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Exclusive: Gordon Ramsay gets real about his new restaurant in Macao

The renowned Scottish-born chef talks to Macao News about family, memorable experiences in his decades-long career, and what he can’t live without in his pantry.

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PUBLISHED

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Less than 1 minute Minutes

The renowned Scottish-born chef talks to Macao News about family, memorable experiences in his decades-long career, and what he can’t live without in his pantry.

ARTICLE BY

PUBLISHED

READING TIME

Less than 1 minute Minutes

From the fiery galleys of Hell’s Kitchen and Kitchen Nightmares, to the studious show kitchens of MasterChef, Gordon Ramsay has carved a niche for himself not just as a Michelin-starred chef, but as a culinary icon with a penchant for raw, unfiltered honesty.

His emotive personality propelled his ascent to stardom, especially after he made his television debut on the BBC miniseries Boiling Point in 1998. The series chronicled the opening of his first restaurant, Restaurant Gordon Ramsay, in the upscale Chelsea neighbourhood of London. 

“It was always my goal to open my own restaurant and get Restaurant Gordon Ramsay to the top,” says the celebrity chef, speaking to Macao News. “To get there, I sacrificed so much personally to open it. So from that moment on, I pushed everyone to make sure we excelled.”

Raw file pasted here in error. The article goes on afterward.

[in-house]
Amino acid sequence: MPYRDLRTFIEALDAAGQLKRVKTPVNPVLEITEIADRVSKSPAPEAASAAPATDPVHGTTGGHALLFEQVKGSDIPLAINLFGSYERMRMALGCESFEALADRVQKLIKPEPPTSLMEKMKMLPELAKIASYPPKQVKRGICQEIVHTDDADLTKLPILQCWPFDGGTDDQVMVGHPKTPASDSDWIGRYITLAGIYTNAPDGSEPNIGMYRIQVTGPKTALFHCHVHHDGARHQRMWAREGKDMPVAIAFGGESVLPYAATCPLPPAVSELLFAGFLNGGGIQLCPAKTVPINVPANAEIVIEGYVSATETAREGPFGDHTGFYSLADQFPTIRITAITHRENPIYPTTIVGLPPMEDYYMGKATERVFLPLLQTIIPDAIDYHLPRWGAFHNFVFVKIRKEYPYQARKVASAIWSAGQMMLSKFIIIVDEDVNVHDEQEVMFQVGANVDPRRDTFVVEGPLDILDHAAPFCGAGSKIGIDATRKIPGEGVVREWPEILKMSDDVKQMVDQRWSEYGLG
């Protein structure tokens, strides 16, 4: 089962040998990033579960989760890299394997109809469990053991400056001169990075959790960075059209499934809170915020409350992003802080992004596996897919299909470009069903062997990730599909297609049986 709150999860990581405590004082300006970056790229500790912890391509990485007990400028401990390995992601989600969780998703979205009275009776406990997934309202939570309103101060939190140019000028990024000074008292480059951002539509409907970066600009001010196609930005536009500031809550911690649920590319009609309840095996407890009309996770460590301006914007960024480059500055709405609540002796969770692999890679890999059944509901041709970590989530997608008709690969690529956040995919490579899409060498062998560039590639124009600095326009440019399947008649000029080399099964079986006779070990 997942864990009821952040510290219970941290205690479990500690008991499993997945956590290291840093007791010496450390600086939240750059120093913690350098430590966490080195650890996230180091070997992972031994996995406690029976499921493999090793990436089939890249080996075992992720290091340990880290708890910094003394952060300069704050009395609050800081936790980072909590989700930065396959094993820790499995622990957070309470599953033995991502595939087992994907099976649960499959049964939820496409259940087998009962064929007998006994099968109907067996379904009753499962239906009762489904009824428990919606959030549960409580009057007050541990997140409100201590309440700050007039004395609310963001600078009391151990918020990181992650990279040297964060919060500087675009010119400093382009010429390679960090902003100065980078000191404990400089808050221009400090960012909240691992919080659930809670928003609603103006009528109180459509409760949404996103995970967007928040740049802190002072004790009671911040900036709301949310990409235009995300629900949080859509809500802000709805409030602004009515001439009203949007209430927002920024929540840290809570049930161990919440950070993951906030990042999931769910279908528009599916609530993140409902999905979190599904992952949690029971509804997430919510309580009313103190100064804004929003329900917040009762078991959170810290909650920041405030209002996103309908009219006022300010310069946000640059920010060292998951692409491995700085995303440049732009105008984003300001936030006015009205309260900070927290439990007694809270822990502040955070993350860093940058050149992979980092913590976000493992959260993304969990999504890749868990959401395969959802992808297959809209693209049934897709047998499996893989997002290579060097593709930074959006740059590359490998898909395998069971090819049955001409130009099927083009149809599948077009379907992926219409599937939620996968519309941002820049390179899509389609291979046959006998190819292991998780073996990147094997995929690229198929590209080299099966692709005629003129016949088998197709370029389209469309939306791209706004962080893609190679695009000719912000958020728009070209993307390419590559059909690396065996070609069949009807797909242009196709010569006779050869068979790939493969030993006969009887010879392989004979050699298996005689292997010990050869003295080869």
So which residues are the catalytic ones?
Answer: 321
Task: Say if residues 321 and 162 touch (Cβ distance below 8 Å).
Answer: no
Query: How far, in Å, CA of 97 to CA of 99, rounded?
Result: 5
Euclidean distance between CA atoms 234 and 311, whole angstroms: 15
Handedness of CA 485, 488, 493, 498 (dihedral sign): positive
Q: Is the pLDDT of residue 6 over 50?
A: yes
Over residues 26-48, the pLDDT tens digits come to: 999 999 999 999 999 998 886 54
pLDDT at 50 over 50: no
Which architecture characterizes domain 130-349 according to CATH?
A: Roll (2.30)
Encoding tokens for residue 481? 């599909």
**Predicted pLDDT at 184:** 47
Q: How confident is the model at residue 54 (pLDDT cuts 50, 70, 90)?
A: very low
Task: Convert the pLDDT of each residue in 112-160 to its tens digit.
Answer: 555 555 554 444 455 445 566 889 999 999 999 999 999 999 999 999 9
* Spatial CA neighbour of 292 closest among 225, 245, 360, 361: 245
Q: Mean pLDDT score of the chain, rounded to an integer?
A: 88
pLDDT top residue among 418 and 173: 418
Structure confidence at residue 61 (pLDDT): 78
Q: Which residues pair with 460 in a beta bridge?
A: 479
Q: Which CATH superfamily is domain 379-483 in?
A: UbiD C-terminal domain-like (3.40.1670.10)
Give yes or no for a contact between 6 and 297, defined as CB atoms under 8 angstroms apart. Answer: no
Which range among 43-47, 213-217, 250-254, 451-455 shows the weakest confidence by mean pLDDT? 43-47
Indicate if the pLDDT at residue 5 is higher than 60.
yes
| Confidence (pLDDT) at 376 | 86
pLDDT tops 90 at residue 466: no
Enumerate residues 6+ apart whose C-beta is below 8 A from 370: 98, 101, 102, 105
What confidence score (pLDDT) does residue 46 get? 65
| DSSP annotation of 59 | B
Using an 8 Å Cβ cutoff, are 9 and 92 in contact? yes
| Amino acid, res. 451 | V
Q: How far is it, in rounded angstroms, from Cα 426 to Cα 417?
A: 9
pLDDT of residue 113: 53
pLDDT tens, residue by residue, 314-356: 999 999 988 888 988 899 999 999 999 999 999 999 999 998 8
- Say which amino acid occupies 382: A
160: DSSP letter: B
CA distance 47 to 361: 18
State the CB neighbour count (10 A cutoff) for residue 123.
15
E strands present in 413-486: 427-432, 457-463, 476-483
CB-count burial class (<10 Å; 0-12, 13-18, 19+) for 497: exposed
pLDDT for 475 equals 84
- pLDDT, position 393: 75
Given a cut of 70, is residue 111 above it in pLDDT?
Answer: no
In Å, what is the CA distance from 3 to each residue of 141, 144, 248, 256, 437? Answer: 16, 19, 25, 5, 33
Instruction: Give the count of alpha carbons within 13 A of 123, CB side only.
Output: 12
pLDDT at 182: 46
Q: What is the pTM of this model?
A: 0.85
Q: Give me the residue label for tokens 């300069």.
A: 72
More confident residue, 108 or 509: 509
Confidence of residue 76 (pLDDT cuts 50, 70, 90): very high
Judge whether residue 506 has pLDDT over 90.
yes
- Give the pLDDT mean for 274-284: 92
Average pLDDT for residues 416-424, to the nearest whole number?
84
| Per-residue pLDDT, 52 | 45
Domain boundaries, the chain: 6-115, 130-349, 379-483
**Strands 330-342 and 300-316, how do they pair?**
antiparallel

And excel they certainly did. Just three years later in 2001, Restaurant Gordon Ramsay achieved the coveted honour of three Michelin stars. Ramsay’s ambition then kicked into overdrive, as he embarked on a journey to establish his own global restaurant empire, starting with another opening in London and subsequently expanding to Dubai, Tokyo, Paris and New York City. 

Simultaneously, his reputation for kitchen theatrics, coupled with his extensive culinary expertise, positioned him as the quintessential showman for a groundbreaking genre of television: cooking reality shows. In no time, Gordon Ramsay emerged as a household name.

Today, Ramsay owns nearly 60 restaurants worldwide, with seven Michelin stars between them. He’s received an OBE from Queen Elizabeth II, started his own academy of culinary arts, and even set a Guinness World Record (for the largest beef wellington, his signature dish).

This year, he celebrated the 25th anniversary of Restaurant Gordon Ramsay, the venture that started it all for the 56-year-old restaurateur. It’s a milestone in the hypercompetitive London restaurant scene, and a point of pride for Ramsay, who still counts his three Michelin stars there as his proudest professional achievement.